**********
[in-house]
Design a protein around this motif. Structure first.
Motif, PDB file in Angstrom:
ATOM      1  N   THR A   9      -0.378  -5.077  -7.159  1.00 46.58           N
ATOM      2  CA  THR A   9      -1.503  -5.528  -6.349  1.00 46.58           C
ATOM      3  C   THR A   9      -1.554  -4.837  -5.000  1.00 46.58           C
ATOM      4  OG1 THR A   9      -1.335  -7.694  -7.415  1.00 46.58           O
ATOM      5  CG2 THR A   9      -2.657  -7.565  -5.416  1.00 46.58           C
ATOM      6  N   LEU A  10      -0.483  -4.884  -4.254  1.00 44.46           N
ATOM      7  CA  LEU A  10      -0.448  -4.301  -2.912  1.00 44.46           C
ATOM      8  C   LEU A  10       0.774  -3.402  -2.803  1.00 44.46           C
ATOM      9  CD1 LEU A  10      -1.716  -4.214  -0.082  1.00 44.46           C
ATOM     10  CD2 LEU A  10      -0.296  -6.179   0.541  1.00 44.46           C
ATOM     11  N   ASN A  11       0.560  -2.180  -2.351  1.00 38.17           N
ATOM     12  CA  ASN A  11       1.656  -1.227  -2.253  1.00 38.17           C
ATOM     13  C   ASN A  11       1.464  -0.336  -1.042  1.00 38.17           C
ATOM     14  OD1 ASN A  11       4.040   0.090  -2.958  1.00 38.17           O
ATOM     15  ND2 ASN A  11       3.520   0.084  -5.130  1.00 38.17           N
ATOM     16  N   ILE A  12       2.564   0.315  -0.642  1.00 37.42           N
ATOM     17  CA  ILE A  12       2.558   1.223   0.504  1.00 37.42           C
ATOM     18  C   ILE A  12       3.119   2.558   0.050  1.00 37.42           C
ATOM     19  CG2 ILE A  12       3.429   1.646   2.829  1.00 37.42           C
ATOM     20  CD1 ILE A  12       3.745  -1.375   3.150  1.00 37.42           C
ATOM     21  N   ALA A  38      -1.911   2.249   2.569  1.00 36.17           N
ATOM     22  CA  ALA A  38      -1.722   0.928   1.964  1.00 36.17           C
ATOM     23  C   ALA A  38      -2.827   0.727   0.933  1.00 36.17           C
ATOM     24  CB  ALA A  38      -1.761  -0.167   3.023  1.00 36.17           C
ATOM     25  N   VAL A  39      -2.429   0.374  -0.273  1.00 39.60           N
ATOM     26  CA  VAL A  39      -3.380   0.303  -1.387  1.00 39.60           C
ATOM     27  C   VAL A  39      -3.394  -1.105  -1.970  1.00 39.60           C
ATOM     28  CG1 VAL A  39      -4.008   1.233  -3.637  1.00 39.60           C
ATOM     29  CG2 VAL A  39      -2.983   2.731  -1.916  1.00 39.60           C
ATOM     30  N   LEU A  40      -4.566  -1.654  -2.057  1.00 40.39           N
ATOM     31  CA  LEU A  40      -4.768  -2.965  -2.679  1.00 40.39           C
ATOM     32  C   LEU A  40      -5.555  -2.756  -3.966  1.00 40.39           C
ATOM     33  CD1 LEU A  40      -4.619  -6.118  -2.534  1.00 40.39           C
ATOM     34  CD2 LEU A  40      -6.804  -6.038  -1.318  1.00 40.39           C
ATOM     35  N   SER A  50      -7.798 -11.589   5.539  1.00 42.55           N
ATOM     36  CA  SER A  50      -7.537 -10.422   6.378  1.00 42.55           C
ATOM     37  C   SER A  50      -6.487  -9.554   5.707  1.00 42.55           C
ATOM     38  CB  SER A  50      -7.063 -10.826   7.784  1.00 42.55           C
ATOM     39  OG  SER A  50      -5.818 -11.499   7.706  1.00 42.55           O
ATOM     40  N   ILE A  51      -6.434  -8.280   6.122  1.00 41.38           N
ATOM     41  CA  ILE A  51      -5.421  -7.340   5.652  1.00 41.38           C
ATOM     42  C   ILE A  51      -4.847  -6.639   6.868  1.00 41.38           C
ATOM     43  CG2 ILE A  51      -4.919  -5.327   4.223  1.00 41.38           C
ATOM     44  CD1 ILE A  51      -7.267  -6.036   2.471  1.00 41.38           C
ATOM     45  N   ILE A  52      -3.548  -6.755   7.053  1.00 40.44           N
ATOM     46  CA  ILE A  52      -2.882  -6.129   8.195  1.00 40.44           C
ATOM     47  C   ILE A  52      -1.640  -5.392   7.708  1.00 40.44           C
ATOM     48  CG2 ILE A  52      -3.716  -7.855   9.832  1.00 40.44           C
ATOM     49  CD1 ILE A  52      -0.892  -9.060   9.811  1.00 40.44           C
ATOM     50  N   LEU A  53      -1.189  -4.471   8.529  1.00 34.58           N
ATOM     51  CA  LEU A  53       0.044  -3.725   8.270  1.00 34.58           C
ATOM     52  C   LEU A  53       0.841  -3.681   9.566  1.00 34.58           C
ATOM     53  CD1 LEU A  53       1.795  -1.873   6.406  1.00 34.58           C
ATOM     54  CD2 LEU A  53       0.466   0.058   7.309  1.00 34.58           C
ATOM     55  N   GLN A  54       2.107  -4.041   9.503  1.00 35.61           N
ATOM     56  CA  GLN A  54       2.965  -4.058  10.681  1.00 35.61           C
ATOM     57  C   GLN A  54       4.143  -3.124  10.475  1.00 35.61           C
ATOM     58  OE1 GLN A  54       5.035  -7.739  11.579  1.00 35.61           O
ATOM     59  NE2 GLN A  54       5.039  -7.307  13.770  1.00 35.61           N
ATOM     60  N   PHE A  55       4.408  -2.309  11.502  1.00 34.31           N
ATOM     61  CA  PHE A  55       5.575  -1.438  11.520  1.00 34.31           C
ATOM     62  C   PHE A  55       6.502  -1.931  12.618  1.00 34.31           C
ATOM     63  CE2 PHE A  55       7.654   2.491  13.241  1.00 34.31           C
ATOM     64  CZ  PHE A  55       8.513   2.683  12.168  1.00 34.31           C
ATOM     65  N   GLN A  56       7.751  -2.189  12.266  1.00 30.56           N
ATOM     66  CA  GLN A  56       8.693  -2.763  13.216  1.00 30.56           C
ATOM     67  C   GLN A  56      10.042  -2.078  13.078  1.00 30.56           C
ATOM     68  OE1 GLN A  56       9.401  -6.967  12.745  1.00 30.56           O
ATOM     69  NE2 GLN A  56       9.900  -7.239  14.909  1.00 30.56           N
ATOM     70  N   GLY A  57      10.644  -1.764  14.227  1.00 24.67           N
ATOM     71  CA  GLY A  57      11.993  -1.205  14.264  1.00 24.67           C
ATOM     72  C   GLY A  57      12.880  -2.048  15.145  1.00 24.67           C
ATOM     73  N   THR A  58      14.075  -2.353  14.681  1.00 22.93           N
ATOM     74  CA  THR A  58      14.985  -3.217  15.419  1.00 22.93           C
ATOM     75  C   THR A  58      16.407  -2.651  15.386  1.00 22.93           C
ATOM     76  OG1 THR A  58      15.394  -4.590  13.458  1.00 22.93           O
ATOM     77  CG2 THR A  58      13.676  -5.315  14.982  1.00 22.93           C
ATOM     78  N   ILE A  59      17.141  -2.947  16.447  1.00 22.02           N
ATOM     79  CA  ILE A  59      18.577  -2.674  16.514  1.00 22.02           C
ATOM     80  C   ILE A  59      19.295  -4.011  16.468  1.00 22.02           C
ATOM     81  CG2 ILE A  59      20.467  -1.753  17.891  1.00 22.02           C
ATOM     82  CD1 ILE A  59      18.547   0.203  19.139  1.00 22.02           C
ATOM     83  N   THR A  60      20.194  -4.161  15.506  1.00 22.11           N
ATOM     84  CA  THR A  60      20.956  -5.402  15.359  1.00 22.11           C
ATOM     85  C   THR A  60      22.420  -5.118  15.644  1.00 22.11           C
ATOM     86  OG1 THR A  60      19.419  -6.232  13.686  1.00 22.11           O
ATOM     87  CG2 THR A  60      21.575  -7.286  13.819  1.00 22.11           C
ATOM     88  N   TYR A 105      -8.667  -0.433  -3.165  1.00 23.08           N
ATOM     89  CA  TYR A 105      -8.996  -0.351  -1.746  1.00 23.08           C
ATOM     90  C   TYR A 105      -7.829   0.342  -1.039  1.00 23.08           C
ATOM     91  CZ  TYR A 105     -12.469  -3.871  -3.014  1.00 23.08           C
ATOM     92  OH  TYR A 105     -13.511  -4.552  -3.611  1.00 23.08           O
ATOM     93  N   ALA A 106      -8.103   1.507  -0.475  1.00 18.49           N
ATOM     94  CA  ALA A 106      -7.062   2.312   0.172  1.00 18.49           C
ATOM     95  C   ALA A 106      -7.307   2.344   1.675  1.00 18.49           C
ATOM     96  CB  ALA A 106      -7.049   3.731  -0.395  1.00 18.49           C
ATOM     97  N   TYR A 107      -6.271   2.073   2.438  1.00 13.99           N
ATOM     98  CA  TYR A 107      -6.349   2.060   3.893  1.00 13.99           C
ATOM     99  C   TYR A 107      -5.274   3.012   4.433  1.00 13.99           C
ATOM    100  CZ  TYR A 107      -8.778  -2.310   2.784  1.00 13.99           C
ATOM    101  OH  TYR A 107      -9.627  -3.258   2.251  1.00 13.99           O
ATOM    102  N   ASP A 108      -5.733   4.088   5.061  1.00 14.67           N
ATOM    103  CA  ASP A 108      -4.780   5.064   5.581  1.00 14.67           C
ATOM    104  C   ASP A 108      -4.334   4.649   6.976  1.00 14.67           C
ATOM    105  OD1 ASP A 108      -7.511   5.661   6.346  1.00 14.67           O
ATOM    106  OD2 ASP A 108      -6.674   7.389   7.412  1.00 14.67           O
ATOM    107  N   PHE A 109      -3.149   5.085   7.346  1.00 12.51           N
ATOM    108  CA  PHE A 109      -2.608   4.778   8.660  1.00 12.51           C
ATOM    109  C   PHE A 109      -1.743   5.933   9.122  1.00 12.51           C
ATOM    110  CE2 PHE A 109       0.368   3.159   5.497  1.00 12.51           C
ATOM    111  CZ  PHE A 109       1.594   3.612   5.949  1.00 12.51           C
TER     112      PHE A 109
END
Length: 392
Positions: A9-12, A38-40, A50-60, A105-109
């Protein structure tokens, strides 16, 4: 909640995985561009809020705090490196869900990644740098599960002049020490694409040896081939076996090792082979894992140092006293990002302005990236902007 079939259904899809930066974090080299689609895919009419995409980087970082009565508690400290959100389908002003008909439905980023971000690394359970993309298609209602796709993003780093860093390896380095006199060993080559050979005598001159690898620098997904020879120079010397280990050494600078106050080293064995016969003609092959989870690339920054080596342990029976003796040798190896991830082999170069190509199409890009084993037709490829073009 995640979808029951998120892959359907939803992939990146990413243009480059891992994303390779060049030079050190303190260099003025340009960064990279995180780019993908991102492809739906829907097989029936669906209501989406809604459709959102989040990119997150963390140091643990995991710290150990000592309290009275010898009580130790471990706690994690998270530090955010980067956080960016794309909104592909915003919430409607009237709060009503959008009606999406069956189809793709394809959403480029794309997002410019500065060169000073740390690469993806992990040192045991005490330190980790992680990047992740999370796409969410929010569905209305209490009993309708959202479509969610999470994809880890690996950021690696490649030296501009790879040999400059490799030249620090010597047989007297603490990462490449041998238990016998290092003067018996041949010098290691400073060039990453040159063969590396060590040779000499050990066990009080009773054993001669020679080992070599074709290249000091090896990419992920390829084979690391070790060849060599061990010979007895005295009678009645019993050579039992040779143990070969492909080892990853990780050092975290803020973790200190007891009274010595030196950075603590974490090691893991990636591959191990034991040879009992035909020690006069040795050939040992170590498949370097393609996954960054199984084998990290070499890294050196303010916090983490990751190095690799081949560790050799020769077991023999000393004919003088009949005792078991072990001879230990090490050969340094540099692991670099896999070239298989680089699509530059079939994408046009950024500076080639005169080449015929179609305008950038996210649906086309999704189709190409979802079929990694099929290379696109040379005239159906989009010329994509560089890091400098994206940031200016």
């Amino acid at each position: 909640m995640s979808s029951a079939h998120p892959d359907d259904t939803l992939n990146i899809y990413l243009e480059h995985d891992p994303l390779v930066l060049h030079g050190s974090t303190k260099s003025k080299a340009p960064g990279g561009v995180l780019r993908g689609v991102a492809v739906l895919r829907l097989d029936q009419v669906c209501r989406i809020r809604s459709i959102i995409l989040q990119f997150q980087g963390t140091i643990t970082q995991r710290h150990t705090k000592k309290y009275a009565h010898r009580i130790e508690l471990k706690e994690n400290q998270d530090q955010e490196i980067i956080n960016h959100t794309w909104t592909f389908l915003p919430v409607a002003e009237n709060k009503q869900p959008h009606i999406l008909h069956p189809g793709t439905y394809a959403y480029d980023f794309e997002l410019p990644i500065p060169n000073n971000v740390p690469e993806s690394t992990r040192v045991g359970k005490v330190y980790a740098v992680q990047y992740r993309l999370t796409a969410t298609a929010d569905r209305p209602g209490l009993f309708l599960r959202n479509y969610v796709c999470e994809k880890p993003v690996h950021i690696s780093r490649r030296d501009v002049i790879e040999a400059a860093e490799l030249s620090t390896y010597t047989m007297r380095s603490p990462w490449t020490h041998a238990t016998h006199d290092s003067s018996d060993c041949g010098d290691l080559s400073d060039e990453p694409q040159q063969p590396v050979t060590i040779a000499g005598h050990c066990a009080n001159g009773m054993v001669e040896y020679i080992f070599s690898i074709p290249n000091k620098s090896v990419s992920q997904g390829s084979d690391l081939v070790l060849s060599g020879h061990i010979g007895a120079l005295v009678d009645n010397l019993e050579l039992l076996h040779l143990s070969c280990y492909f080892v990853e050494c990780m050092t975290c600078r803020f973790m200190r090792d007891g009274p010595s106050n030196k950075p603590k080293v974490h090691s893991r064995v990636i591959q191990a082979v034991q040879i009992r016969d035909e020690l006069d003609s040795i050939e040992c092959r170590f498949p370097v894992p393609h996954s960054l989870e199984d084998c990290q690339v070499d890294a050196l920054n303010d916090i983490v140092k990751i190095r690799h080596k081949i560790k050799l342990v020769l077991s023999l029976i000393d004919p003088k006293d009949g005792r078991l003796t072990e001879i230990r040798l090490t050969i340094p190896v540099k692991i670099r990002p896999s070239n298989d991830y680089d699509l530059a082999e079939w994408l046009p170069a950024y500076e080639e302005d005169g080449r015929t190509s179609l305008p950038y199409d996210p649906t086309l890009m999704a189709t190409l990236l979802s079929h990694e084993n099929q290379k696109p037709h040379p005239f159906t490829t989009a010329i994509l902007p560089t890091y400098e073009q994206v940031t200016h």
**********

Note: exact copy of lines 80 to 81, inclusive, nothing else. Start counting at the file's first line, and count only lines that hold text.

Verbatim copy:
ATOM     77  CG2 THR A  58      13.676  -5.315  14.982  1.00 22.93           C
ATOM     78  N   ILE A  59      17.141  -2.947  16.447  1.00 22.02           N